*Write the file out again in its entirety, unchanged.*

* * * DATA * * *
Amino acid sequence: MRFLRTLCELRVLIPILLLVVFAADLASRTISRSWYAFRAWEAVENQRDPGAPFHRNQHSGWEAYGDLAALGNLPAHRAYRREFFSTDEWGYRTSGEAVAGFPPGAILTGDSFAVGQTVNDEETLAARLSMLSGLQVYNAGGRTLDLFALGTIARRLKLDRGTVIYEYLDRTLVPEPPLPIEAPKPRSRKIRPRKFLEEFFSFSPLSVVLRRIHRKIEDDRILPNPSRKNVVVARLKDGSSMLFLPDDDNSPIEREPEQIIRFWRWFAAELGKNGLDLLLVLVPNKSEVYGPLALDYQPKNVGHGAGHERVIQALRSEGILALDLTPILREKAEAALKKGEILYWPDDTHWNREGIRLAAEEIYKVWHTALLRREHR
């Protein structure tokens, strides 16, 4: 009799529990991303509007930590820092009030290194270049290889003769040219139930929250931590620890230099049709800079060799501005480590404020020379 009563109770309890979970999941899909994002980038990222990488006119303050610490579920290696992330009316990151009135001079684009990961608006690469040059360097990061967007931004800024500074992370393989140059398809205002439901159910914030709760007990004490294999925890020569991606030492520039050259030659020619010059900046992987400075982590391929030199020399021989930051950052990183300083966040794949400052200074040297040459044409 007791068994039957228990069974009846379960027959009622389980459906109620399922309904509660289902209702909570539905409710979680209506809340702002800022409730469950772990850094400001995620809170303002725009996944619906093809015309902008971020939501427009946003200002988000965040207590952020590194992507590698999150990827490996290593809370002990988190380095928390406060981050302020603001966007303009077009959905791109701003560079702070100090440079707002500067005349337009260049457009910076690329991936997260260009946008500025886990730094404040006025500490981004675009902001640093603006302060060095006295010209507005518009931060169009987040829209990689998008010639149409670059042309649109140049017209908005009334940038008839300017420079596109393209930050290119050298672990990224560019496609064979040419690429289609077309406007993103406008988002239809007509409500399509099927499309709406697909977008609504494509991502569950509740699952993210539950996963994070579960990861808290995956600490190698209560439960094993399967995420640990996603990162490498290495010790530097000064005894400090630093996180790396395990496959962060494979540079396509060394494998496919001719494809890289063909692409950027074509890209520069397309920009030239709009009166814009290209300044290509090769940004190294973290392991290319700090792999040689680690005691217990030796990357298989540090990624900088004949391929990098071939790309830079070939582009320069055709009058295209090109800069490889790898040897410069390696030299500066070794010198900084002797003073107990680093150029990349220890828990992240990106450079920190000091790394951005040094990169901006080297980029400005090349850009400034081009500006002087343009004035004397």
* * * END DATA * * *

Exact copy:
Amino acid sequence: MRFLRTLCELRVLIPILLLVVFAADLASRTISRSWYAFRAWEAVENQRDPGAPFHRNQHSGWEAYGDLAALGNLPAHRAYRREFFSTDEWGYRTSGEAVAGFPPGAILTGDSFAVGQTVNDEETLAARLSMLSGLQVYNAGGRTLDLFALGTIARRLKLDRGTVIYEYLDRTLVPEPPLPIEAPKPRSRKIRPRKFLEEFFSFSPLSVVLRRIHRKIEDDRILPNPSRKNVVVARLKDGSSMLFLPDDDNSPIEREPEQIIRFWRWFAAELGKNGLDLLLVLVPNKSEVYGPLALDYQPKNVGHGAGHERVIQALRSEGILALDLTPILREKAEAALKKGEILYWPDDTHWNREGIRLAAEEIYKVWHTALLRREHR
């Protein structure tokens, strides 16, 4: 009799529990991303509007930590820092009030290194270049290889003769040219139930929250931590620890230099049709800079060799501005480590404020020379 009563109770309890979970999941899909994002980038990222990488006119303050610490579920290696992330009316990151009135001079684009990961608006690469040059360097990061967007931004800024500074992370393989140059398809205002439901159910914030709760007990004490294999925890020569991606030492520039050259030659020619010059900046992987400075982590391929030199020399021989930051950052990183300083966040794949400052200074040297040459044409 007791068994039957228990069974009846379960027959009622389980459906109620399922309904509660289902209702909570539905409710979680209506809340702002800022409730469950772990850094400001995620809170303002725009996944619906093809015309902008971020939501427009946003200002988000965040207590952020590194992507590698999150990827490996290593809370002990988190380095928390406060981050302020603001966007303009077009959905791109701003560079702070100090440079707002500067005349337009260049457009910076690329991936997260260009946008500025886990730094404040006025500490981004675009902001640093603006302060060095006295010209507005518009931060169009987040829209990689998008010639149409670059042309649109140049017209908005009334940038008839300017420079596109393209930050290119050298672990990224560019496609064979040419690429289609077309406007993103406008988002239809007509409500399509099927499309709406697909977008609504494509991502569950509740699952993210539950996963994070579960990861808290995956600490190698209560439960094993399967995420640990996603990162490498290495010790530097000064005894400090630093996180790396395990496959962060494979540079396509060394494998496919001719494809890289063909692409950027074509890209520069397309920009030239709009009166814009290209300044290509090769940004190294973290392991290319700090792999040689680690005691217990030796990357298989540090990624900088004949391929990098071939790309830079070939582009320069055709009058295209090109800069490889790898040897410069390696030299500066070794010198900084002797003073107990680093150029990349220890828990992240990106450079920190000091790394951005040094990169901006080297980029400005090349850009400034081009500006002087343009004035004397």